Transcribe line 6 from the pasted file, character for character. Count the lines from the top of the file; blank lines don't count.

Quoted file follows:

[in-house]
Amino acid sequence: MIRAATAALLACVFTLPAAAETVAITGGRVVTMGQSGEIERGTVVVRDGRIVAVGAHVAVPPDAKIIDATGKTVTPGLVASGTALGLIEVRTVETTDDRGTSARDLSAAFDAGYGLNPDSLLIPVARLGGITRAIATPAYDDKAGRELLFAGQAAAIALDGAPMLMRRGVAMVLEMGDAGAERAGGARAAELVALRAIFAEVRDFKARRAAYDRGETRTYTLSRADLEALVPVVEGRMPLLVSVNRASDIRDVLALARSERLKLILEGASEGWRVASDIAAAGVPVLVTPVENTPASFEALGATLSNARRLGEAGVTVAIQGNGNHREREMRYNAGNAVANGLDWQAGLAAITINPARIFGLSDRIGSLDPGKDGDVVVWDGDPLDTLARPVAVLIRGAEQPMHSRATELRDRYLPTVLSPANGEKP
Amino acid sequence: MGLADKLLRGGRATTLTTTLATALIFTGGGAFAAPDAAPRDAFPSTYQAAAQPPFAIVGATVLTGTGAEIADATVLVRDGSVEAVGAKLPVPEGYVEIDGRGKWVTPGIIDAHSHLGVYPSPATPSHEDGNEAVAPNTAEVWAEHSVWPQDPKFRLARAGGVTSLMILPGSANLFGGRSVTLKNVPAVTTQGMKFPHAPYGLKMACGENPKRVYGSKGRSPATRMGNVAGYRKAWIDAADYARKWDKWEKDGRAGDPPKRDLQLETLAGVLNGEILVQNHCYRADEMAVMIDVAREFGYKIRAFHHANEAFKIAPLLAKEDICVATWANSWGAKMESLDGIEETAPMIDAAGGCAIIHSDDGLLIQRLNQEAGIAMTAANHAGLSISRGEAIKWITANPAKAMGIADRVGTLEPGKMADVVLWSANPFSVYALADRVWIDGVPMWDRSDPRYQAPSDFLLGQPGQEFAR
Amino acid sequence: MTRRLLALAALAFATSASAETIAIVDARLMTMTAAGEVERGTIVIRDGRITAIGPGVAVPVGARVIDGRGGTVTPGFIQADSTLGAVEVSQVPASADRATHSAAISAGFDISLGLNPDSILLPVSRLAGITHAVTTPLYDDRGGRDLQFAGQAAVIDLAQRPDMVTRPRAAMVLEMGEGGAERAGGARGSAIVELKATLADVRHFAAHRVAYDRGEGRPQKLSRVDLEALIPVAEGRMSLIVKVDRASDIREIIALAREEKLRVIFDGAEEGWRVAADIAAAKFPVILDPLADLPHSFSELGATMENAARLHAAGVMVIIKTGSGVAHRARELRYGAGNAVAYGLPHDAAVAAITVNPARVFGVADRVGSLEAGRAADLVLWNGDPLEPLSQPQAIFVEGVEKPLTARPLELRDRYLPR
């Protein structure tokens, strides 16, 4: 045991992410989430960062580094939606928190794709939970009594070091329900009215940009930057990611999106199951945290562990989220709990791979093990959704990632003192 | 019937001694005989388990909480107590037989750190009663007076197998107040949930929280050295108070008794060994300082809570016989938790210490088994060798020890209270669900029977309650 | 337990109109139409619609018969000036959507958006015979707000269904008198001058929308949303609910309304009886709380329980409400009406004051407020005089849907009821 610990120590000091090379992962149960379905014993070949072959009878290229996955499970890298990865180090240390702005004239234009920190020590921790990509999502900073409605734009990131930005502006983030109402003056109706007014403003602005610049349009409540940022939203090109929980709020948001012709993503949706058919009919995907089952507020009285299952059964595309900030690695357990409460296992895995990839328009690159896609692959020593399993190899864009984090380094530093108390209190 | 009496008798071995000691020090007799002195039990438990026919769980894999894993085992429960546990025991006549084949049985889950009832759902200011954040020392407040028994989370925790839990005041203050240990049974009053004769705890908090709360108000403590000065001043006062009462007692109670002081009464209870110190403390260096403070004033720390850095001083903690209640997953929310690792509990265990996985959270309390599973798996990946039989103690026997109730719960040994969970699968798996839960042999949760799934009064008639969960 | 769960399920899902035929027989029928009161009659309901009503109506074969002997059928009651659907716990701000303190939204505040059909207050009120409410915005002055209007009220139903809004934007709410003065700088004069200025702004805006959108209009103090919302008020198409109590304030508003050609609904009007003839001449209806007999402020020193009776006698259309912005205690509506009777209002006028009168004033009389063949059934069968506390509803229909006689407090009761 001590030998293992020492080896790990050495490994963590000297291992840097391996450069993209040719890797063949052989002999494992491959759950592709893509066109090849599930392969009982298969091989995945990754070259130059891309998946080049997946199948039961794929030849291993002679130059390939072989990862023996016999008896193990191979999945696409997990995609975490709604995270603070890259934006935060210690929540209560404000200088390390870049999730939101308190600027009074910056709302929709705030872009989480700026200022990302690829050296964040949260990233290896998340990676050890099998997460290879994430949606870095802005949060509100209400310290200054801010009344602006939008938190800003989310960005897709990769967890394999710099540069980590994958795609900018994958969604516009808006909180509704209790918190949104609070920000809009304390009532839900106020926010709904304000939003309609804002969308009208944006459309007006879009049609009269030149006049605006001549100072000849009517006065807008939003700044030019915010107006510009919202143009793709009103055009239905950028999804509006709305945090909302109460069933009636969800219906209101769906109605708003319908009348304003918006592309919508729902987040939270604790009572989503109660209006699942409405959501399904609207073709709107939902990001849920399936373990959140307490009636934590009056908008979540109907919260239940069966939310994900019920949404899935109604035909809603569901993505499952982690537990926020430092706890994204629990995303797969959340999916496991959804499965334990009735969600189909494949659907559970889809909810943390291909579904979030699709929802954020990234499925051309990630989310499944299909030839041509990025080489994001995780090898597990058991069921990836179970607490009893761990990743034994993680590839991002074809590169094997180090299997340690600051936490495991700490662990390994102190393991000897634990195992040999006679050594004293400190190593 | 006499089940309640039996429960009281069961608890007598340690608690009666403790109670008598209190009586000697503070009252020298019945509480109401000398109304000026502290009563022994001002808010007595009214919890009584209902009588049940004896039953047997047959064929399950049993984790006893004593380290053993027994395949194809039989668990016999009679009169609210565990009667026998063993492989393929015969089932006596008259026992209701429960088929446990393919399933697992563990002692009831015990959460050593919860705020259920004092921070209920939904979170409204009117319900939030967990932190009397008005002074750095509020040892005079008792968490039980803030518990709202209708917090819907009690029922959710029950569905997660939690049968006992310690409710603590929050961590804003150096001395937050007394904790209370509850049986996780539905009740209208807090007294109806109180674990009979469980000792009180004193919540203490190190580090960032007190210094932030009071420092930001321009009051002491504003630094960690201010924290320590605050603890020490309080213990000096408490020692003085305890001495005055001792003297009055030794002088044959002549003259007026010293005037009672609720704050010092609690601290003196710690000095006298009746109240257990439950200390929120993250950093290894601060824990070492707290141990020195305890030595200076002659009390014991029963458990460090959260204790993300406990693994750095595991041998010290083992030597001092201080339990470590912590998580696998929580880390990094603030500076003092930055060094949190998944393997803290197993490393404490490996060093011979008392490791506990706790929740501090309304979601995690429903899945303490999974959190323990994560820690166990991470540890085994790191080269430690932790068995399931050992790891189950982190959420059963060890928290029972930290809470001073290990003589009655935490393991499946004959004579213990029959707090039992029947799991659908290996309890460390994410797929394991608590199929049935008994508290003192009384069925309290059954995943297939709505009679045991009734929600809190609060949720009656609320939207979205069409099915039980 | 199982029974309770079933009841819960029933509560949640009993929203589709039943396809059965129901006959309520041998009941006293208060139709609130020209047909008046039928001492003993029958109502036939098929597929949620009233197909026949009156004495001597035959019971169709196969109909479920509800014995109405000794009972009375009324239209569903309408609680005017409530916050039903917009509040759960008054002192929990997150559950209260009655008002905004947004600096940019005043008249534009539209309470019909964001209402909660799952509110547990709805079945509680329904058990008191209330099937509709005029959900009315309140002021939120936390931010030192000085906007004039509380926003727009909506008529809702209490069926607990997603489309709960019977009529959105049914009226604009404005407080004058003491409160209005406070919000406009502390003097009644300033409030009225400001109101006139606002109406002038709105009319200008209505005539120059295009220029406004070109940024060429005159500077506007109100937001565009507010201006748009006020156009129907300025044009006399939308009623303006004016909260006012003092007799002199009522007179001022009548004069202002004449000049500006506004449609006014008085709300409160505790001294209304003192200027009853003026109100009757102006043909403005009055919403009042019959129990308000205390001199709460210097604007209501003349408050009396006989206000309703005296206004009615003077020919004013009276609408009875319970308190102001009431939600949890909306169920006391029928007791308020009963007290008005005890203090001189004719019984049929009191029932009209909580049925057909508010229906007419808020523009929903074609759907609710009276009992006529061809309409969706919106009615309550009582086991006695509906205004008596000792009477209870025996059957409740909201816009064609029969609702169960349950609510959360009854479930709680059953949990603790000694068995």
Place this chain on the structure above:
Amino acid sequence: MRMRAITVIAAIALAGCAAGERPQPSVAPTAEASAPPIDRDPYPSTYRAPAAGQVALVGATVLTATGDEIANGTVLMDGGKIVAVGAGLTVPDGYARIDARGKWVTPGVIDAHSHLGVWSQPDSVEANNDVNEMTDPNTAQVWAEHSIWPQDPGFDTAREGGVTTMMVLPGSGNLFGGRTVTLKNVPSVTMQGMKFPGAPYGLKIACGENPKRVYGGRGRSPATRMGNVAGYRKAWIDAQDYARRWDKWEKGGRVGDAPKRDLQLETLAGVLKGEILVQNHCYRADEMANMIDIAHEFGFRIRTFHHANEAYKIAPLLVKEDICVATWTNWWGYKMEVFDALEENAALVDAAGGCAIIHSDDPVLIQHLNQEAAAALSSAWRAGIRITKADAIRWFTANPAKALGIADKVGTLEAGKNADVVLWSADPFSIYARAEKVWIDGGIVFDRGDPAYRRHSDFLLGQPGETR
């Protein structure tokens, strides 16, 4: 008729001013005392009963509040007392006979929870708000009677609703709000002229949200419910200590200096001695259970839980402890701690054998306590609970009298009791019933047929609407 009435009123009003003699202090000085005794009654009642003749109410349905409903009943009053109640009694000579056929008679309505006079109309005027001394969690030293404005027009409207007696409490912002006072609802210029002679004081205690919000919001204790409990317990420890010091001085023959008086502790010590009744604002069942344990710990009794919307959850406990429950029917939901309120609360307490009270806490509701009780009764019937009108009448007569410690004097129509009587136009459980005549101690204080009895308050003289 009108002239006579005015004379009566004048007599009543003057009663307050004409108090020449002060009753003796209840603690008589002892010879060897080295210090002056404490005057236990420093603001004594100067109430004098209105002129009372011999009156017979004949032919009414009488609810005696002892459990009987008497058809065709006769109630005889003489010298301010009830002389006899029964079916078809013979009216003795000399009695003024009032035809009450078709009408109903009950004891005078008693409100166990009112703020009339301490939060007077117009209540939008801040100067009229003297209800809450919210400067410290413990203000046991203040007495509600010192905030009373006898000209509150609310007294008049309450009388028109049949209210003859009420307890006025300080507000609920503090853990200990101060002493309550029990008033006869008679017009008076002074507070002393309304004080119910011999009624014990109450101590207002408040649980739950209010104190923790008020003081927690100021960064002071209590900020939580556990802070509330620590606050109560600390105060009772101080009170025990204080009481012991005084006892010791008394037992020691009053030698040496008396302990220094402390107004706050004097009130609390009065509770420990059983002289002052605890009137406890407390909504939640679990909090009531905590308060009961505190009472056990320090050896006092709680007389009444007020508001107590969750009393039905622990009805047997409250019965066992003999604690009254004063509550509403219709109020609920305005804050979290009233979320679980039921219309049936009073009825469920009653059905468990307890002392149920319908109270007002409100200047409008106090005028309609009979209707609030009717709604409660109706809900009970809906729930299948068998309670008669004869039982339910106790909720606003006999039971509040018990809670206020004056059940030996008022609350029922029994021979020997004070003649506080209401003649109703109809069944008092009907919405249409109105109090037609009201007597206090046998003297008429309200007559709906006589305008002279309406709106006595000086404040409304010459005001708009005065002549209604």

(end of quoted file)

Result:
Place this chain on the structure above: